Brain network models of cognitive control are central to advancing our understanding of psychopathology and cognitive dysfunction in schizophrenia. This review examines the role of large-scale brain organization in schizophrenia, with a particular focus on a triple-network model of cognitive control and its role in aberrant salience processing. First, we provide an overview of the triple network involving the salience, frontoparietal, and default mode networks and highlight the central role of the insula-anchored salience network in the aberrant mapping of salient external and internal events in schizophrenia. We summarize the extensive evidence that has emerged from structural, neurochemical, and functional brain imaging studies for aberrancies in these networks and their dynamic temporal interactions in schizophrenia. Next, we consider the hypothesis that atypical striatal dopamine release results in misattribution of salience to irrelevant external stimuli and self-referential mental events. We propose an integrated triple-network salience-based model incorporating striatal dysfunction and sensitivity to perceptual and cognitive prediction errors in the insula node of the salience network and postulate that dysregulated dopamine modulation of salience network-centered processes contributes to the core clinical phenotype of schizophrenia. Thus, a powerful paradigm to characterize the neurobiology of schizophrenia emerges when we combine conceptual models of salience with large-scale cognitive control networks in a unified manner. We conclude by discussing potential therapeutic leads on restoring brain network dysfunction in schizophrenia.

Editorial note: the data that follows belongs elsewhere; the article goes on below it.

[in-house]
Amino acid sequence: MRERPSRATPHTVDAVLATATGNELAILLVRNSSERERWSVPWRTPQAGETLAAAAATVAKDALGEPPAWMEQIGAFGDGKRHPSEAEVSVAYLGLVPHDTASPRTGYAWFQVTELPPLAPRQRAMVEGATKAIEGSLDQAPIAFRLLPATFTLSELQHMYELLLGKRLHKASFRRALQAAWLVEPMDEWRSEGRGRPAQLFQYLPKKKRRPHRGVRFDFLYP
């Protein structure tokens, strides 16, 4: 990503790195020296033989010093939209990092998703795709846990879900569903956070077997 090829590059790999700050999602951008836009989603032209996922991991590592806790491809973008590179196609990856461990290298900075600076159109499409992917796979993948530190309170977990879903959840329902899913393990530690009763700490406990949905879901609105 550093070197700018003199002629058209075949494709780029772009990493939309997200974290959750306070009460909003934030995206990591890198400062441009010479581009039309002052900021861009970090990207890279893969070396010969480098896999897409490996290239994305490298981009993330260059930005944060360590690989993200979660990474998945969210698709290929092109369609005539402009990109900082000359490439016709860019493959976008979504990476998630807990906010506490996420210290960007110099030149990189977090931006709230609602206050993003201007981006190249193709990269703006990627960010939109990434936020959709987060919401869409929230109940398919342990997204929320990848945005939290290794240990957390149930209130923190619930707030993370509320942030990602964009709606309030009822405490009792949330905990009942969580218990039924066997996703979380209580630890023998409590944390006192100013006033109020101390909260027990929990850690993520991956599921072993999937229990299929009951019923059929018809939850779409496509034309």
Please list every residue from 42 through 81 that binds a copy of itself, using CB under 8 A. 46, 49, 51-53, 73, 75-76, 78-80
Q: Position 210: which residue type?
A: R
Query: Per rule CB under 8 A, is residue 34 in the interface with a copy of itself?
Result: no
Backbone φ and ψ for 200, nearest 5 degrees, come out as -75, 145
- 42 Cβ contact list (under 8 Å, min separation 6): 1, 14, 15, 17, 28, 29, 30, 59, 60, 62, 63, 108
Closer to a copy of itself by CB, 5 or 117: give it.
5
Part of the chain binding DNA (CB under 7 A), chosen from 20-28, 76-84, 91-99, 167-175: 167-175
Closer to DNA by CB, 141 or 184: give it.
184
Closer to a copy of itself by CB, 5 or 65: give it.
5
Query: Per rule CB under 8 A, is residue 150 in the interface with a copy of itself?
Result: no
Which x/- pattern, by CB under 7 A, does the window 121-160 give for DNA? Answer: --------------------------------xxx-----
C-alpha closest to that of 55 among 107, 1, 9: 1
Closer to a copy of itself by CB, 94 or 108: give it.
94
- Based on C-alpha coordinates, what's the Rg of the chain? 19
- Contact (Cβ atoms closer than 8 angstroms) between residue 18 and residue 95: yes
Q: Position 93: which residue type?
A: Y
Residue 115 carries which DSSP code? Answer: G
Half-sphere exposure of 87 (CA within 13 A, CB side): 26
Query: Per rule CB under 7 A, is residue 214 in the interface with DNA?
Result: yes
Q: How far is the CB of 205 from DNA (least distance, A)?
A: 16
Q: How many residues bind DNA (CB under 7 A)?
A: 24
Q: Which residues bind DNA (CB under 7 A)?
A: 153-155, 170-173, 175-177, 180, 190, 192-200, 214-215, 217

Keywords: Dopamine; Prediction error; Psychopathology; Salience; Schizophrenia; Triple network.
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